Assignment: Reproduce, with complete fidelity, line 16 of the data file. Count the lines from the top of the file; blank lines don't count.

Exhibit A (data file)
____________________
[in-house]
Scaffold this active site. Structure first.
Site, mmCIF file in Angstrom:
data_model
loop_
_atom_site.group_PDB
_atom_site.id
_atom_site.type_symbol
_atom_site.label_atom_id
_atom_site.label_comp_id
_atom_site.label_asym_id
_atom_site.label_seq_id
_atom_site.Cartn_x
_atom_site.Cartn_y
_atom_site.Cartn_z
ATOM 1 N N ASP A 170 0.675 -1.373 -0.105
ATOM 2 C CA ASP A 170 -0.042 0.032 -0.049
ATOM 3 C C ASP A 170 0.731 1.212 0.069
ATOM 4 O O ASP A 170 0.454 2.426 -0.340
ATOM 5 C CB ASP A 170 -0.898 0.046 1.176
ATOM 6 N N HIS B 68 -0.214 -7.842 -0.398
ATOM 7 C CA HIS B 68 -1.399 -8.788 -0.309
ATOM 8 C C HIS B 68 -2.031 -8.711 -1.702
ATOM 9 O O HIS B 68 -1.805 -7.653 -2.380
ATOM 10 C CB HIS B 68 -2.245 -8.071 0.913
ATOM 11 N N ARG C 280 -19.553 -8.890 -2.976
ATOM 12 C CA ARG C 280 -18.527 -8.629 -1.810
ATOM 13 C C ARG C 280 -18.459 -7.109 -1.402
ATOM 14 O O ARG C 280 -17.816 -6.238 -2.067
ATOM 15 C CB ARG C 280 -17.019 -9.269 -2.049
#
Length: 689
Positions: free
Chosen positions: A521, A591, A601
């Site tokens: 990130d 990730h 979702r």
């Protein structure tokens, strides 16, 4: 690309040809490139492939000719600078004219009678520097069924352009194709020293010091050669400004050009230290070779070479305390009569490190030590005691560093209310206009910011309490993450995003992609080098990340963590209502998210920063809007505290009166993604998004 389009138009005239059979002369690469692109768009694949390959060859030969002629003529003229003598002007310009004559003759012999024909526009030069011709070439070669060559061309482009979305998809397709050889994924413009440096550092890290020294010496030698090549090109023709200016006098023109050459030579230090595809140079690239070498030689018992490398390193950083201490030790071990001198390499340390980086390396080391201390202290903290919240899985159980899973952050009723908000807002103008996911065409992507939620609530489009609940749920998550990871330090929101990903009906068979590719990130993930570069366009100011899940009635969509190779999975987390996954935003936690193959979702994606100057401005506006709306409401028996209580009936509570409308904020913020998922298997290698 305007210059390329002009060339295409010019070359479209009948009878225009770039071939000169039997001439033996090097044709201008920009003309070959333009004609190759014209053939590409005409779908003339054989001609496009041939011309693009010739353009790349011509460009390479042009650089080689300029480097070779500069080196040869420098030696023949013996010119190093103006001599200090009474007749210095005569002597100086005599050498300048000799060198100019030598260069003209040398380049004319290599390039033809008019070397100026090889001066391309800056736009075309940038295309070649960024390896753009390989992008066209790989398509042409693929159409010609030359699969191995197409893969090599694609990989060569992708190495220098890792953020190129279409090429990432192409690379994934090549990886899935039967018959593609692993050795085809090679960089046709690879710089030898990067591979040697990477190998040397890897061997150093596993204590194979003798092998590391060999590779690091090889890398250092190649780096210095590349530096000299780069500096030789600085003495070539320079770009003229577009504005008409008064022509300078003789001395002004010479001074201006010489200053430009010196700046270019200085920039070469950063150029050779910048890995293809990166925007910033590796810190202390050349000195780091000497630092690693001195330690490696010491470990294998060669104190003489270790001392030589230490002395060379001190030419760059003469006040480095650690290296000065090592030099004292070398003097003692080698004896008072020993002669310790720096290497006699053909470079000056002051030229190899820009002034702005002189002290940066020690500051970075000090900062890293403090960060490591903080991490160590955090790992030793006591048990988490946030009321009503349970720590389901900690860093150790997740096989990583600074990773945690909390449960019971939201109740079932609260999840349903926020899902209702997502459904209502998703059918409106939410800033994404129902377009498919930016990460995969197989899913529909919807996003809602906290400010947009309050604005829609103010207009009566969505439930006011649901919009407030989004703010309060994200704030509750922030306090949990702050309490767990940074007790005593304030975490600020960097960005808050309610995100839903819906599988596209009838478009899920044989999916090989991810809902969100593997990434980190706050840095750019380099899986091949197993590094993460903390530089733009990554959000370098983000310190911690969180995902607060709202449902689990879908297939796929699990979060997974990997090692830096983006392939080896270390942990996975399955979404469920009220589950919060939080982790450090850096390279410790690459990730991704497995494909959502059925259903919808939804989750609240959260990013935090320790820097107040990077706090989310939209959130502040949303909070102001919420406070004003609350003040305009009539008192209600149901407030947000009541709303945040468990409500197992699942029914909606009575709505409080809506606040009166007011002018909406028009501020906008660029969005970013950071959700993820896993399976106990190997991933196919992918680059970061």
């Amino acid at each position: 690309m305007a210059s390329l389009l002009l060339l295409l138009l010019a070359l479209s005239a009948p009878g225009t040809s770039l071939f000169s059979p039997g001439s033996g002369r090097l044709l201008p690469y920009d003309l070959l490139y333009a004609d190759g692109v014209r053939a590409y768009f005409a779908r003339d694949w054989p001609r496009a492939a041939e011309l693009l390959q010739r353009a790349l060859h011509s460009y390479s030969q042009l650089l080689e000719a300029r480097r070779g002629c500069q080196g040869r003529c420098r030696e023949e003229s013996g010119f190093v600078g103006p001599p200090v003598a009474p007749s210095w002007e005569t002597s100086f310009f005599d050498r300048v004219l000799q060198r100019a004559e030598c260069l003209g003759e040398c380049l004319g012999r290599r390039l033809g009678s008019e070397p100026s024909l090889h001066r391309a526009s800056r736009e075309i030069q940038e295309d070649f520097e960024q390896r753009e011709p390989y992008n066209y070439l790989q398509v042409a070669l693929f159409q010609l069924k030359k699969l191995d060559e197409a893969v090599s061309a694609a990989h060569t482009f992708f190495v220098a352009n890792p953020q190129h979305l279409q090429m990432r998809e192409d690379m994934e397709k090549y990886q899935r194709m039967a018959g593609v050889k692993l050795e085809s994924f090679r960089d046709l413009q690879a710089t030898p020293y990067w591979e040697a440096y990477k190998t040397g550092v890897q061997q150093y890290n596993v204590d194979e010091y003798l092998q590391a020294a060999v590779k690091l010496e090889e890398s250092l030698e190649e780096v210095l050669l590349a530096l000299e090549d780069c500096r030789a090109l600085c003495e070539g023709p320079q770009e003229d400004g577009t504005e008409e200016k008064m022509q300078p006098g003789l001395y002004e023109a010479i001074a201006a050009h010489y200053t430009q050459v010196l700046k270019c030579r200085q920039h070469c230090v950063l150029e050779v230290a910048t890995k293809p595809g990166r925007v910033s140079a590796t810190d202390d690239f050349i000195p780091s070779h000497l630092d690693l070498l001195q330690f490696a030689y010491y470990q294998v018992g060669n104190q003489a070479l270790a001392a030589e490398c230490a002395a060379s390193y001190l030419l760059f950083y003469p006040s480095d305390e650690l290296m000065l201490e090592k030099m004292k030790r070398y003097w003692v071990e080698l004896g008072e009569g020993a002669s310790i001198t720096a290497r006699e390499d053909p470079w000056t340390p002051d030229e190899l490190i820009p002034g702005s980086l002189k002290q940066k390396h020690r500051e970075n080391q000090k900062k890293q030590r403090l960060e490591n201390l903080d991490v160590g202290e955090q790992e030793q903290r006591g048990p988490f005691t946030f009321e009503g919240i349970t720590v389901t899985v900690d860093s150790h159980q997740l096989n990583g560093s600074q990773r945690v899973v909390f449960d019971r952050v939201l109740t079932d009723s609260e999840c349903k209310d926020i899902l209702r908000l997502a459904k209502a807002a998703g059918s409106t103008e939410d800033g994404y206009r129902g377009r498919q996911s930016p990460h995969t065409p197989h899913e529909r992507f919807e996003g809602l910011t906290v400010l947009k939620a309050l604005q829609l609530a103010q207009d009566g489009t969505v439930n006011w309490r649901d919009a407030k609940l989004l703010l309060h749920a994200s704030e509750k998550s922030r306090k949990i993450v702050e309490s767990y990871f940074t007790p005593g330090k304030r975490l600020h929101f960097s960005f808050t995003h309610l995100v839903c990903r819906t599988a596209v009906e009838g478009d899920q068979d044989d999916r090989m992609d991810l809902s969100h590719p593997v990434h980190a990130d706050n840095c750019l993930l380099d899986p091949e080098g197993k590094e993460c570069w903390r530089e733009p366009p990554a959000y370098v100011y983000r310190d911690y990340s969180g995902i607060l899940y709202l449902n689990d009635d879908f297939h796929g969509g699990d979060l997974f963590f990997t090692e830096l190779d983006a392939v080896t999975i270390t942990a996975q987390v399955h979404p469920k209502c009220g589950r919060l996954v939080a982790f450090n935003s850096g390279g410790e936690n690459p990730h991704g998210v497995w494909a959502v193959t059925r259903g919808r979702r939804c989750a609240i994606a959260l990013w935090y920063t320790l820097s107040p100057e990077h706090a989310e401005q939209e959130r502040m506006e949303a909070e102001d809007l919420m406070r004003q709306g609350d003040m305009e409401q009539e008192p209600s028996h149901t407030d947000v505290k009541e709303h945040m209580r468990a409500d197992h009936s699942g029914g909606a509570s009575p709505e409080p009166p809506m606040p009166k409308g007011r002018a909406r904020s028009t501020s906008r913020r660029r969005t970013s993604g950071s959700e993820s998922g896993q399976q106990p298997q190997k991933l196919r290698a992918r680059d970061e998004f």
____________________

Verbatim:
ATOM 1 N N ASP A 170 0.675 -1.373 -0.105